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. Last Updated: 07/27/2016

NASA Lifts Russian Role in Space Station

NASA plans to use much more Russian technology and hardware than expected in the construction of a new international space station, according to plans submitted this week to the U. S. government.


"The goal is to focus on Russian assets that can reduce our costs or improve our capabilities while avoiding significant job impact in the United States", according to the NASA plans for the project, now called Space Station Alpha.


The National Aeronautics and Space Administration has not completed its plans, but after a month of talks in Russia NASA issued a statement that it "believes that Russian participation could accelerate the space station schedule by as much as two years".


The new design could save $4 billion over the next five years and $18 billion over the life of the program, NASA said.


The station's first components could be launched by 1998 and it is planned to be operational by 2003. It was not clear if the new design would speed up that schedule.


"NASA has not released before that the Russian contribution was going to be this big", said Royce Dalby, an analyst in Moscow with Anser, a U. S. government advisor on Russian space technology. "People not working on the program may be surprised".


The new plans, obtained from NASA, show that the Russian contribution will include a space laboratory, crew rescue vehicle and docking devices.


The program, recently completed by Russian and U. S. scientists meeting in Washington, was sent this week to U. S. President Bill Clinton, who will submit the proposal to Congress for approval.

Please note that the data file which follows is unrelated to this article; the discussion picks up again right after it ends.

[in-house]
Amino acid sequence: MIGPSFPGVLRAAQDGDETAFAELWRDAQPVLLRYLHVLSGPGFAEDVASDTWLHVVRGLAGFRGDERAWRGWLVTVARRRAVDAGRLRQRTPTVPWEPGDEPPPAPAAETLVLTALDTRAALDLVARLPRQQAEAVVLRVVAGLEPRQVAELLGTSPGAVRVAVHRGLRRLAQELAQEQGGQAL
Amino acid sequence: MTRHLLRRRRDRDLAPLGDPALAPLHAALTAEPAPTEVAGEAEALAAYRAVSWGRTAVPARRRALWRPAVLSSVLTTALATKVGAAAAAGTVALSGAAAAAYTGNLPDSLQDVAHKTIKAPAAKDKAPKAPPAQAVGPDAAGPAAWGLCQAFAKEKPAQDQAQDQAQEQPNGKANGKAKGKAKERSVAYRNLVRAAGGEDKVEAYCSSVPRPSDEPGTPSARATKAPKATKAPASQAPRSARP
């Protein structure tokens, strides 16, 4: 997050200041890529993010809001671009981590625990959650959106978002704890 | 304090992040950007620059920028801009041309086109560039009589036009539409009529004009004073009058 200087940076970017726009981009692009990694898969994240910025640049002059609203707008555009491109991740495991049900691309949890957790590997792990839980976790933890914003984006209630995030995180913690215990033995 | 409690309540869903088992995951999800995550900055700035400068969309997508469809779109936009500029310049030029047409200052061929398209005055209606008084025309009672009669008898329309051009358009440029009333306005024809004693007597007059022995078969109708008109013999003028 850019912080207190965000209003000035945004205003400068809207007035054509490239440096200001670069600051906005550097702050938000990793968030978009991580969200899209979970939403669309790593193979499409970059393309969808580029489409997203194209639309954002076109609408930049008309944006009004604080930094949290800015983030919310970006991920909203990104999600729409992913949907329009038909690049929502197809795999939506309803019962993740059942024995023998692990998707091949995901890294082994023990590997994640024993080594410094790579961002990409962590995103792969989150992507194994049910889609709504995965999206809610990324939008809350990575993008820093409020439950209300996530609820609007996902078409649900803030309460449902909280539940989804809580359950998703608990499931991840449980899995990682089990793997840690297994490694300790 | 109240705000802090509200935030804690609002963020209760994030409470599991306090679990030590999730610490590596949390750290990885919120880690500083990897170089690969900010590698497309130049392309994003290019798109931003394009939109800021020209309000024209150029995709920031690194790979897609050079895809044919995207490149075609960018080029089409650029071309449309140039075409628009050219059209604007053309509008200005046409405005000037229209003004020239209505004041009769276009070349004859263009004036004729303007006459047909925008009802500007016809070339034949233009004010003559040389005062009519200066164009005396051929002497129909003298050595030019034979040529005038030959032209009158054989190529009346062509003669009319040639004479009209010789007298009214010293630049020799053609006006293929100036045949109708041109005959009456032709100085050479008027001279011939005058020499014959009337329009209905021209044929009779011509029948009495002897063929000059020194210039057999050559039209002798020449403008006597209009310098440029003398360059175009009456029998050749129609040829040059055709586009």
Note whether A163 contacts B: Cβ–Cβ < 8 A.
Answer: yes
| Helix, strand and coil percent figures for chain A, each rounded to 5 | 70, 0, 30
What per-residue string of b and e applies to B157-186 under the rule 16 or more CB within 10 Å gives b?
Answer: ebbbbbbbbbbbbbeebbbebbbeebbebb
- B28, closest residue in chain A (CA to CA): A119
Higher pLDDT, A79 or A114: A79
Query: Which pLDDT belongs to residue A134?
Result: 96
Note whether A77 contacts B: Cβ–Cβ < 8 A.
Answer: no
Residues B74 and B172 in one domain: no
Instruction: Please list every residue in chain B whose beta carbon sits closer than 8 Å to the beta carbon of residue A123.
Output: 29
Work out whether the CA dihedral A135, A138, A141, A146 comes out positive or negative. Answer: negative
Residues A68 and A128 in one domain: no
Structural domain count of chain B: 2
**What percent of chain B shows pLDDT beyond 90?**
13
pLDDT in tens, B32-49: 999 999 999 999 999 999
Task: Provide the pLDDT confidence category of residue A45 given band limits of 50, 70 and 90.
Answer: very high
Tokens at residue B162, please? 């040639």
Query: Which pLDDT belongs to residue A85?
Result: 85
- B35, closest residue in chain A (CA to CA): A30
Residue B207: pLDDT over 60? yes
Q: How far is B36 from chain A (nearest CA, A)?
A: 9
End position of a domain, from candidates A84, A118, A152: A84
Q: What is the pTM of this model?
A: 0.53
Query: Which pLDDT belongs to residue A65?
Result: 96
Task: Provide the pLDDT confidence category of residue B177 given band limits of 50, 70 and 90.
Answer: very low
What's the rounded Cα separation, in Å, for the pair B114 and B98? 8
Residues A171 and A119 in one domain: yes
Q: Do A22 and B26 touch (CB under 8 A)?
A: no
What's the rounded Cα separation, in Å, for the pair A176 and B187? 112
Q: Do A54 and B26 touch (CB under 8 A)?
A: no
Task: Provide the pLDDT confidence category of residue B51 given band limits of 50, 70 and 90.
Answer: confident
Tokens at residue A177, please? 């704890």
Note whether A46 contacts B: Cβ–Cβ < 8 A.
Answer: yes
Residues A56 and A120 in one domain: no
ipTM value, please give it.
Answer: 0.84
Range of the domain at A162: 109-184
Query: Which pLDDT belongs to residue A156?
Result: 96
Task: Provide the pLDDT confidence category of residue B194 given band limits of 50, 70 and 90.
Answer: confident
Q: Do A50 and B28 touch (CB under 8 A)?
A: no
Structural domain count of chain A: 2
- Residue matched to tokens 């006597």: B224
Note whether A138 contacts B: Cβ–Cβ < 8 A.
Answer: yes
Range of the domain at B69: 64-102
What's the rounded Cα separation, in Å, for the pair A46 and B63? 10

But the large Russian component could foment opposition in congress, which is already skittish about the loss of U. S. jobs. "It could evolve into a big battle", Dalby predicted.


Dalby said, though, that the Russian contribution is really the project's strength. Russia, which has had an active space station longer than any other country, has more experience and more advanced technology than the United States in several key areas.


"The choice is probably to bring on the Russians and have a great space station or leave off the Russians and have no space station at all", Dalby said.


The U. S. share is estimated to be about $14 billion. The Russian costs, however, are difficult to estimate. Dalby said that if produced in the United States, the Russian contribution could be worth between $5 and $6 billion.


The United States, following meetings in September between U. S. Vice President Albert Gore and Prime Minister Viktor Chernomyrdin, agreed to give Russian companies $400 million for their work on the space station in return for Russia's signing of the missile ban treaty.


New plans for the station show Russia and the United States will jointly develop a solar dynamic collector, which is a new technology based on Russian research that could provide greater power to the station than is offered by traditional solar arrays.


Still being debated is a tug for the station that will allow it to maneuver more easily. Whether the Russians or Americans would produce the tug is unknown.


The Japanese and European space agencies will each provide space labs for the station, with other contributions from Canada and Italy.